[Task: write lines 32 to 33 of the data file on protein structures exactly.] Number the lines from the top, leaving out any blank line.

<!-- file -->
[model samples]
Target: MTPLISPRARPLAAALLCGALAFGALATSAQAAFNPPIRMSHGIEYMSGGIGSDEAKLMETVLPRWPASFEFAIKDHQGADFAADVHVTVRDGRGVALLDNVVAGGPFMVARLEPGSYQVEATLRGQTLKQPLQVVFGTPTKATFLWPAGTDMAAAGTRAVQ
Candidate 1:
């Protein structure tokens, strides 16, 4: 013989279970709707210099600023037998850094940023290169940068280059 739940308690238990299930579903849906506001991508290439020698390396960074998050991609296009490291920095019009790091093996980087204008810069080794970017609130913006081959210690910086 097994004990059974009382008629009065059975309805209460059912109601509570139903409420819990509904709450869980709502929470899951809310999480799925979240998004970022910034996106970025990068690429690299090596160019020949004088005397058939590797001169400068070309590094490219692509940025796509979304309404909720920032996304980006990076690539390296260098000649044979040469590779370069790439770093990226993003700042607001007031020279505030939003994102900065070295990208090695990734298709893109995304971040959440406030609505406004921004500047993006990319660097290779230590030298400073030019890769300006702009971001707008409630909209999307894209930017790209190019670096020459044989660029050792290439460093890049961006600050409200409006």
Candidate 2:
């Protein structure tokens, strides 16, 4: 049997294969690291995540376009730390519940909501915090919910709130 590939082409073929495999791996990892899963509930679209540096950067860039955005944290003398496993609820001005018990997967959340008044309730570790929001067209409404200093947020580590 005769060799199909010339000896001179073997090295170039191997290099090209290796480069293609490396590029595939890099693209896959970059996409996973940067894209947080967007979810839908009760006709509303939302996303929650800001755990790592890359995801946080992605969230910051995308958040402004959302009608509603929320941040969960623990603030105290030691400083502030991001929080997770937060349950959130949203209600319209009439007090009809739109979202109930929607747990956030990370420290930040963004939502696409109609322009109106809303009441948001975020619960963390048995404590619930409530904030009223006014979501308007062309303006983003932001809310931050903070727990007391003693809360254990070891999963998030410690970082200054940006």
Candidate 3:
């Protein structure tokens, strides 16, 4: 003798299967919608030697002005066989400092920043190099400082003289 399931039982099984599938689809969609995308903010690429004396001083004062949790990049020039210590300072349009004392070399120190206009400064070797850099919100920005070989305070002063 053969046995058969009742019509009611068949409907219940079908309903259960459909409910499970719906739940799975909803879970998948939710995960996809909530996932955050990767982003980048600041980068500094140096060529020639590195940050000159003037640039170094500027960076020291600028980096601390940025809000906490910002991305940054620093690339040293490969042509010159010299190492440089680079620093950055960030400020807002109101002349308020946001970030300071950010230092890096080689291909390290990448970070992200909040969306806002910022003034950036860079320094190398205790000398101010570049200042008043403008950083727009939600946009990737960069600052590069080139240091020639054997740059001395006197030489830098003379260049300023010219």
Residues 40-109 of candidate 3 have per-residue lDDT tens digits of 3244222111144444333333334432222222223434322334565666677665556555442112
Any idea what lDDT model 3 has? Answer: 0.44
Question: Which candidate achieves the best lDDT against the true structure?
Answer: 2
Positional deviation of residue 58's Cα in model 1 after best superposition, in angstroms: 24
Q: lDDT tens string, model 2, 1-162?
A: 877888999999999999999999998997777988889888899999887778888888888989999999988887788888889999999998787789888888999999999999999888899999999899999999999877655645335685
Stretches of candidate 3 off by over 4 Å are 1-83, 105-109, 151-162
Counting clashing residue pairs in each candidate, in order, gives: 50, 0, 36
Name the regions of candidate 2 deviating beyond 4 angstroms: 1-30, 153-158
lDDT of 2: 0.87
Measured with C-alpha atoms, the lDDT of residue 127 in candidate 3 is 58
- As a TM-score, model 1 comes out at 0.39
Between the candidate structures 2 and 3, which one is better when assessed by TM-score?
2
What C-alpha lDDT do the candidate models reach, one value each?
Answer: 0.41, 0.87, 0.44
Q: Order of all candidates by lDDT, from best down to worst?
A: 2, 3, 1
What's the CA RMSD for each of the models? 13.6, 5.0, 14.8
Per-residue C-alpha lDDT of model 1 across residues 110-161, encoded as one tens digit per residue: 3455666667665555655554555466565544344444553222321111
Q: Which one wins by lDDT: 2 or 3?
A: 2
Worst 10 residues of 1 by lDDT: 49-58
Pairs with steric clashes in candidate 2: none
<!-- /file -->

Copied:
Worst 10 residues of 1 by lDDT: 49-58
Pairs with steric clashes in candidate 2: none